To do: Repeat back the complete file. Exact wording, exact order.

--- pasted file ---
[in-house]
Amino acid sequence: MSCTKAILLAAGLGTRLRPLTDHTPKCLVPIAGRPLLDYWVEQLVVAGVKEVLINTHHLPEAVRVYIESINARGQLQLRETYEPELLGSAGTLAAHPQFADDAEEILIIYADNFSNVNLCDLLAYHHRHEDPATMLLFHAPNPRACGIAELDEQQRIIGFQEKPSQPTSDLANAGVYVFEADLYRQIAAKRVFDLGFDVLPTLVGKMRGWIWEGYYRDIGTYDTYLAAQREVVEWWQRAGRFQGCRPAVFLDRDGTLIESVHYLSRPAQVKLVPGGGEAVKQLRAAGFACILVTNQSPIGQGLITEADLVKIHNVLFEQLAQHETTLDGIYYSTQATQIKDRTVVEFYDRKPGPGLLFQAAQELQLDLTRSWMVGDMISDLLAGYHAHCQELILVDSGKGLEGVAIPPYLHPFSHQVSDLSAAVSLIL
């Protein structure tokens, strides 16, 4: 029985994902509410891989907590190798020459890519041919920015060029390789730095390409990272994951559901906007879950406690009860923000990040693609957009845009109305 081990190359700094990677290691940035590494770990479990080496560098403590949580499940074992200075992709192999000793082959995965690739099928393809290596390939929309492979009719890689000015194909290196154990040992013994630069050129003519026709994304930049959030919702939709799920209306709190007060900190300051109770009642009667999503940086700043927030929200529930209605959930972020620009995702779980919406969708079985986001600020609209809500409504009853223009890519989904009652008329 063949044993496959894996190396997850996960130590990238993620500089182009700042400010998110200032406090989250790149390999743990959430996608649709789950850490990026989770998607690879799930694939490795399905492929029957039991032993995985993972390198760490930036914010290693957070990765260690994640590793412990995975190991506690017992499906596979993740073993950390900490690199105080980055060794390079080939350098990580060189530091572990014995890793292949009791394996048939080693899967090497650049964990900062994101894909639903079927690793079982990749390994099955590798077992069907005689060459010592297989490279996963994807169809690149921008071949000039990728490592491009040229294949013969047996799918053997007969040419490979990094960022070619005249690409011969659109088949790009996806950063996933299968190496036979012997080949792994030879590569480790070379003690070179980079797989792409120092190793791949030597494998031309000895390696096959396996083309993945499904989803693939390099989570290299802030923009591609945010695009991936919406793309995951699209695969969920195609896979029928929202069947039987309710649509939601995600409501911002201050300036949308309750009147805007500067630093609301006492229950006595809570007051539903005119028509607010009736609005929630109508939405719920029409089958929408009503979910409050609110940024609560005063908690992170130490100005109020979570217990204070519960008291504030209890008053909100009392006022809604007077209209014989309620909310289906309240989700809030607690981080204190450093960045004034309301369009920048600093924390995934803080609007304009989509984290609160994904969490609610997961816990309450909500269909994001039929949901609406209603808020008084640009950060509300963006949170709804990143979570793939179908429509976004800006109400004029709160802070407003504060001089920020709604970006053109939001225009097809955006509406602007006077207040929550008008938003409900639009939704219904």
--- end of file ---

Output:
[in-house]
Amino acid sequence: MSCTKAILLAAGLGTRLRPLTDHTPKCLVPIAGRPLLDYWVEQLVVAGVKEVLINTHHLPEAVRVYIESINARGQLQLRETYEPELLGSAGTLAAHPQFADDAEEILIIYADNFSNVNLCDLLAYHHRHEDPATMLLFHAPNPRACGIAELDEQQRIIGFQEKPSQPTSDLANAGVYVFEADLYRQIAAKRVFDLGFDVLPTLVGKMRGWIWEGYYRDIGTYDTYLAAQREVVEWWQRAGRFQGCRPAVFLDRDGTLIESVHYLSRPAQVKLVPGGGEAVKQLRAAGFACILVTNQSPIGQGLITEADLVKIHNVLFEQLAQHETTLDGIYYSTQATQIKDRTVVEFYDRKPGPGLLFQAAQELQLDLTRSWMVGDMISDLLAGYHAHCQELILVDSGKGLEGVAIPPYLHPFSHQVSDLSAAVSLIL
């Protein structure tokens, strides 16, 4: 029985994902509410891989907590190798020459890519041919920015060029390789730095390409990272994951559901906007879950406690009860923000990040693609957009845009109305 081990190359700094990677290691940035590494770990479990080496560098403590949580499940074992200075992709192999000793082959995965690739099928393809290596390939929309492979009719890689000015194909290196154990040992013994630069050129003519026709994304930049959030919702939709799920209306709190007060900190300051109770009642009667999503940086700043927030929200529930209605959930972020620009995702779980919406969708079985986001600020609209809500409504009853223009890519989904009652008329 063949044993496959894996190396997850996960130590990238993620500089182009700042400010998110200032406090989250790149390999743990959430996608649709789950850490990026989770998607690879799930694939490795399905492929029957039991032993995985993972390198760490930036914010290693957070990765260690994640590793412990995975190991506690017992499906596979993740073993950390900490690199105080980055060794390079080939350098990580060189530091572990014995890793292949009791394996048939080693899967090497650049964990900062994101894909639903079927690793079982990749390994099955590798077992069907005689060459010592297989490279996963994807169809690149921008071949000039990728490592491009040229294949013969047996799918053997007969040419490979990094960022070619005249690409011969659109088949790009996806950063996933299968190496036979012997080949792994030879590569480790070379003690070179980079797989792409120092190793791949030597494998031309000895390696096959396996083309993945499904989803693939390099989570290299802030923009591609945010695009991936919406793309995951699209695969969920195609896979029928929202069947039987309710649509939601995600409501911002201050300036949308309750009147805007500067630093609301006492229950006595809570007051539903005119028509607010009736609005929630109508939405719920029409089958929408009503979910409050609110940024609560005063908690992170130490100005109020979570217990204070519960008291504030209890008053909100009392006022809604007077209209014989309620909310289906309240989700809030607690981080204190450093960045004034309301369009920048600093924390995934803080609007304009989509984290609160994904969490609610997961816990309450909500269909994001039929949901609406209603808020008084640009950060509300963006949170709804990143979570793939179908429509976004800006109400004029709160802070407003504060001089920020709604970006053109939001225009097809955006509406602007006077207040929550008008938003409900639009939704219904």